Once I got over the fact that I was naked in front of a strange Turkish woman (which was actually pretty easy to do since I was naked in front of lots of strange Turkish women, as well as women from my tour, and, obviously they were all naked as well), it felt nice, though it also made me feel a bit like I was a kid again. While my washer woman was giving me the massage, she could tell that I was a bit tensed after 3 weeks of travelling, two of which were by coach, and kept saying “you like this.” The most amusing part, however, was when she slapped my butt as a signal to tell me to turn over (she did this to another girl on my tour, as well).
The guys in our group that went were all allowed to keep their towels on while being washed (I should mention that the men were in a separate room), but they still walked away with some hilarious anecdotes, as well. The fact that some of us were willing to do something like this as a group after only knowing each other for a few days really impressed me. By the time we went for nargile (aka shisah aka hookah) that night, we were all joking and laughing about it — I definitely think it brought some of us closer together.
Istanbul as a whole was so different and more exciting than I could’ve ever imagined it. The nightlife definitely suits me — after dinner, we went for nargile (and apple tea!), then went to a dance club that played Turkish hits, which was a nice change after the previous 2-3 weeks I had of going to clubs that played the same American radio hits over and over and over… i.e. “My Humps” and “Hips Don’t Lie,” which was EVERYWHERE. Walking around, it felt like the city had a kind of electricity running through it — maybe from the Turkish coffee, which was the best tasting cup of coffee I think I’ve ever had (and I’m from Seattle). The men are all dark and handsome (we single girls were certainly enjoying the sights), albeit a bit forward and sketchy, as many European men tended to be.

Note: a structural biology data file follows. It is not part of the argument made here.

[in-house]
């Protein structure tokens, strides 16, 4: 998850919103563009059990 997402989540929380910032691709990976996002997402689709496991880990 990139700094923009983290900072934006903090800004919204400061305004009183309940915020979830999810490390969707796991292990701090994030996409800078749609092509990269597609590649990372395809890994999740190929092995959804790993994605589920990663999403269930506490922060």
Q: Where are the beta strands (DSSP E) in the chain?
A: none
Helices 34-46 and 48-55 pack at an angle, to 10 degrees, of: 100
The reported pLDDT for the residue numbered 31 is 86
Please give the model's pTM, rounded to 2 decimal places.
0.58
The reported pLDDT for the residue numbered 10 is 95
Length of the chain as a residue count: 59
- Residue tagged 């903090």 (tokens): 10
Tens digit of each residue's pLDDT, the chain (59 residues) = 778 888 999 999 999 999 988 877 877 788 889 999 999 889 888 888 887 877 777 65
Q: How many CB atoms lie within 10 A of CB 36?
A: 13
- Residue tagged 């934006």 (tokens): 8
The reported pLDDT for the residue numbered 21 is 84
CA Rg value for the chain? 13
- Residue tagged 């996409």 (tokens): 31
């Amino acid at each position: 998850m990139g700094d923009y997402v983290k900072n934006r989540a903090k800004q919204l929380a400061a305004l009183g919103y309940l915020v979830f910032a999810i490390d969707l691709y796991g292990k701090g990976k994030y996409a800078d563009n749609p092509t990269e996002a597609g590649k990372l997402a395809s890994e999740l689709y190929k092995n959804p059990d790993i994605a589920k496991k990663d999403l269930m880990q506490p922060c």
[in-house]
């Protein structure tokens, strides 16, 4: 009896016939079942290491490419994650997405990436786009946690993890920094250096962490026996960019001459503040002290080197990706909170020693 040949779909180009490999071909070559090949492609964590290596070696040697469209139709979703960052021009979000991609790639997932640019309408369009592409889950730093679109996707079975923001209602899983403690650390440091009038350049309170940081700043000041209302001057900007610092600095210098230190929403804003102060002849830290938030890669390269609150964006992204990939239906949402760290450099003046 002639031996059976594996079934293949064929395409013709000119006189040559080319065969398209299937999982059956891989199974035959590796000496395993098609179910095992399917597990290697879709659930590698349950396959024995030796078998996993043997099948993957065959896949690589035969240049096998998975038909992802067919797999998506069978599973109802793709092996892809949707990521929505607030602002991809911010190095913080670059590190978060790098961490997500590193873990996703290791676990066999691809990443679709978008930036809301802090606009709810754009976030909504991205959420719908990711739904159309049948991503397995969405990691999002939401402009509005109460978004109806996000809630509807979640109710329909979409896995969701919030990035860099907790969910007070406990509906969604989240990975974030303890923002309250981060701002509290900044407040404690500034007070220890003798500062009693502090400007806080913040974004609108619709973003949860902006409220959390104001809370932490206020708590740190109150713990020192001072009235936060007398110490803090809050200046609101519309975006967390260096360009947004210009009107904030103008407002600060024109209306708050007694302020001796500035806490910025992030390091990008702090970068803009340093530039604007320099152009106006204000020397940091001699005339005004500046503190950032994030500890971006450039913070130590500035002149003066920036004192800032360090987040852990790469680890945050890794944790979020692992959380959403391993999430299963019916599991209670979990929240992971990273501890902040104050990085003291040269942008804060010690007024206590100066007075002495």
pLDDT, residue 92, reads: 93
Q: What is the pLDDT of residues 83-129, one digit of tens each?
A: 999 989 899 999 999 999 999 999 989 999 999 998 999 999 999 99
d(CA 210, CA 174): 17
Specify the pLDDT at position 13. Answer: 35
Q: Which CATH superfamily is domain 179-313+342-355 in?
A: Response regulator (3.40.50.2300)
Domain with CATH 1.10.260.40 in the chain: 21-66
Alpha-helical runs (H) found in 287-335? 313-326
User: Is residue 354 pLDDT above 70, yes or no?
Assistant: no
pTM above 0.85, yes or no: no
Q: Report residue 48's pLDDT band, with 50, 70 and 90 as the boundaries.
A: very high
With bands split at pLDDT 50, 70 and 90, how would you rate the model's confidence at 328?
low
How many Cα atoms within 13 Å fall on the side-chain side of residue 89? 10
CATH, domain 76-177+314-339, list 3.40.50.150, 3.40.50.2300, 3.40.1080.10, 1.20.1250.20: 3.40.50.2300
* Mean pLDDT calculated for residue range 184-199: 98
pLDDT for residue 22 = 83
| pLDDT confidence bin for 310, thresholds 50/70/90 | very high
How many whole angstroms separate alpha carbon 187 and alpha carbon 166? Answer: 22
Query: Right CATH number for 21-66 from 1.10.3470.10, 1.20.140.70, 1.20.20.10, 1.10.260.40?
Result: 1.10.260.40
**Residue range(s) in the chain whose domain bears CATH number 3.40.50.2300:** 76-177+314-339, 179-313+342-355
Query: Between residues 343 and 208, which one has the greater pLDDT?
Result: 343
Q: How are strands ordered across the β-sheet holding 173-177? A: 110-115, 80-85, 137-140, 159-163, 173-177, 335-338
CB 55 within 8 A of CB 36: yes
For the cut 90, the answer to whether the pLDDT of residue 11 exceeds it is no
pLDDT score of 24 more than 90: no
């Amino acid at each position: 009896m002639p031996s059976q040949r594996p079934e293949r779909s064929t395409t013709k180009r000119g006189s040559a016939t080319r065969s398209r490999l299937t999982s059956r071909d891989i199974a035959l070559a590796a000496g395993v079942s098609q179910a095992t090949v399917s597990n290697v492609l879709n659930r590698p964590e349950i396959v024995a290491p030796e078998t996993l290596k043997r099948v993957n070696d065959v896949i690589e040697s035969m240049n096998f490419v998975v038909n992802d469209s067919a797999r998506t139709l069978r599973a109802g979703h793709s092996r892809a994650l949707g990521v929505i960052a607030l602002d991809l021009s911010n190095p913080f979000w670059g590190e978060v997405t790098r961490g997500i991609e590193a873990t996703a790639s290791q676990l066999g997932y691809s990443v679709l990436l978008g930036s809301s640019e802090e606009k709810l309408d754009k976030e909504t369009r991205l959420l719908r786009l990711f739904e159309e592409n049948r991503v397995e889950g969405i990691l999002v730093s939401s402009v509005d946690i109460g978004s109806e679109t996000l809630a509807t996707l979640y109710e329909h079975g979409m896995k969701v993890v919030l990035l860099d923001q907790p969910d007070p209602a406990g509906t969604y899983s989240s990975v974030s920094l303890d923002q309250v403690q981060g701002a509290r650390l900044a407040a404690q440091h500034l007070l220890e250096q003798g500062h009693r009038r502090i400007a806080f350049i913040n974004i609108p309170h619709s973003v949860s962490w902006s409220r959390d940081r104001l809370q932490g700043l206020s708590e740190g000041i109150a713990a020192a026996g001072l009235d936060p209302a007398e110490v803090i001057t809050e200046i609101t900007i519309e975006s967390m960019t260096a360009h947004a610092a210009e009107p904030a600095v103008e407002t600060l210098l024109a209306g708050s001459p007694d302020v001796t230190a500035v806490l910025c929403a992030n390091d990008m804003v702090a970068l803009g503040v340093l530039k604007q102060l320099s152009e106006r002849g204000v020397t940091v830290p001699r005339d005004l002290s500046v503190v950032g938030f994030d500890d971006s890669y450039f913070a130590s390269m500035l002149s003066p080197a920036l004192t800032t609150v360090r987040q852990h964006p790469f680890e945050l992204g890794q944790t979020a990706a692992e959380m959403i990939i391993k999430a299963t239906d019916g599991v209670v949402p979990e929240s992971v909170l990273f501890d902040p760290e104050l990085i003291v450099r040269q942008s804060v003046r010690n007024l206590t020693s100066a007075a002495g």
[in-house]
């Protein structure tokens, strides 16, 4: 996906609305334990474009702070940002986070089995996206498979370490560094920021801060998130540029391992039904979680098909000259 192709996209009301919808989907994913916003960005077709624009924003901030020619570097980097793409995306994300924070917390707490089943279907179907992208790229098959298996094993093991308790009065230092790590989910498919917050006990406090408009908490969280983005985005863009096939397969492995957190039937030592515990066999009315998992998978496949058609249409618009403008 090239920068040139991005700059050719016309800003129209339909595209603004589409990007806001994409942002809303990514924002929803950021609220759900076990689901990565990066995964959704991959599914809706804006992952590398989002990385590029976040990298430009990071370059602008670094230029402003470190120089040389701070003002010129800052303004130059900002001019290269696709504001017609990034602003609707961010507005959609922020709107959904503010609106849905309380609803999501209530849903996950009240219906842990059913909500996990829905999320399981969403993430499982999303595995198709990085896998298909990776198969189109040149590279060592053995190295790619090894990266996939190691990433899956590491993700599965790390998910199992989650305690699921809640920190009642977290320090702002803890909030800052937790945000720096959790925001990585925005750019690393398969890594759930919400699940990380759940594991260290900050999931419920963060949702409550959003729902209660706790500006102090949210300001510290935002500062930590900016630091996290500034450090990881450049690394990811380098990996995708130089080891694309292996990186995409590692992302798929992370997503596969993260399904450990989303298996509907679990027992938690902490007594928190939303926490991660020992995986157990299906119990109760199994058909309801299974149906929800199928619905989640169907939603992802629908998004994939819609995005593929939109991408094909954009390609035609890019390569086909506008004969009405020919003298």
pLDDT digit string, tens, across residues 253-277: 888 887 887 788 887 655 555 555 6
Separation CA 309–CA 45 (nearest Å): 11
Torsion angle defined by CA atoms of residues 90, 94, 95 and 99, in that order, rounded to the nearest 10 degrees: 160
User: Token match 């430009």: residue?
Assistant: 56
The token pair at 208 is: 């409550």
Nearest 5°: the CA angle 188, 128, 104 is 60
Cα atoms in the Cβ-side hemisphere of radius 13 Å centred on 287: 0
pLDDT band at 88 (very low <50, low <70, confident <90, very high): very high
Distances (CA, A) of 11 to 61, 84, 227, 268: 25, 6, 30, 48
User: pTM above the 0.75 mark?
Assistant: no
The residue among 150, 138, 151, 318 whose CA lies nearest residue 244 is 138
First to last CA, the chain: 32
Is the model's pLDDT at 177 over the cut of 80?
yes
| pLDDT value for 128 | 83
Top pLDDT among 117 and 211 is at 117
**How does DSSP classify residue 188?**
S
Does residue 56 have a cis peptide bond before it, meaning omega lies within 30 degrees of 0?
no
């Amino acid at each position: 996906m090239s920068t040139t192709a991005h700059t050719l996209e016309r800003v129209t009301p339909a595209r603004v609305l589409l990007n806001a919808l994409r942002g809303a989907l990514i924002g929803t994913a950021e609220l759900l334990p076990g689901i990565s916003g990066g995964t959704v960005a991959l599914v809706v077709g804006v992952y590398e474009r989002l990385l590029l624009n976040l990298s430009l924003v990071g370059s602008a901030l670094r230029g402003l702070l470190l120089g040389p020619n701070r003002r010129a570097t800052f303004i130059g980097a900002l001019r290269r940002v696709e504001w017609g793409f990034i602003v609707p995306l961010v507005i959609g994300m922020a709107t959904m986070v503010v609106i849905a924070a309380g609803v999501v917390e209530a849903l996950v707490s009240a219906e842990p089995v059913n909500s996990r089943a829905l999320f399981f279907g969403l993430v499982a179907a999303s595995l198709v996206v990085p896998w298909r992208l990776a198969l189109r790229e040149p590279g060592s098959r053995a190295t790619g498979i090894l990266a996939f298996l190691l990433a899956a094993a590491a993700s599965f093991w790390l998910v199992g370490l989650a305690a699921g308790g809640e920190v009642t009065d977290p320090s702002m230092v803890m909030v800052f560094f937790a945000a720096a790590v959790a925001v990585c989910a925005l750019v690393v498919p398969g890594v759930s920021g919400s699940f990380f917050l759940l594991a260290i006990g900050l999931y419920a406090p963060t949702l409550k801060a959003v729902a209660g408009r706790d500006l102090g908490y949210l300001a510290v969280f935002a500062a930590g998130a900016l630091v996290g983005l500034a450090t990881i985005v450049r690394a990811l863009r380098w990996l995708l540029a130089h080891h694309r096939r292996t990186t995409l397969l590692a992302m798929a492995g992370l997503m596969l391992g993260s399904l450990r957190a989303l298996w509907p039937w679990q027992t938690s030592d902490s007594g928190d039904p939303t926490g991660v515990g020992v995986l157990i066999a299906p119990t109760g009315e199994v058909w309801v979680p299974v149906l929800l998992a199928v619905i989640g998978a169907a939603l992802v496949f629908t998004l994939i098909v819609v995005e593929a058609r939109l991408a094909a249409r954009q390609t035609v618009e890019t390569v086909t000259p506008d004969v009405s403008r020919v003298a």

The Blue Mosque and Hagia Sophia were more impressive than any church I’ve seen (except for maybe the Sagrada Familia, which with I am obsessed, much like Gaudi himself), and being that this was my sixth time to Europe, I can tell you I’ve seen a lot of churches. Thanks in part to the city’s religious nature, the people watching was incredible — we had a lot of time at Topkapi Palace, and I spent a good 20-30 minutes sitting and just people watching. Many of the men dressed in a more westernized fashion, even if their wives were in complete traditional dress, with their face covered. However, most of the women wore slightly westernized clothes with the traditional headwear, but without covering their faces. It was equally interesting to watch how people reacted to me, since I am a) very obviously not Turkish, and b) I was showing a bit of skin (I was wearing this outfit).
It was a tough duel between Turkey and Greece for favorite place that I went. Greece wins, but it has the upper-hand since I saw more of it and basically planned my trip around wanting to go to Greece and wanting to see as much of it as possible while still having time to visit other countries. Still, Turkey is absolutely worth my visting again, and worth anyone’s time to visit, trust me.
One more Europe entry left. Be patient. Music is coming.
Aug 3, 2006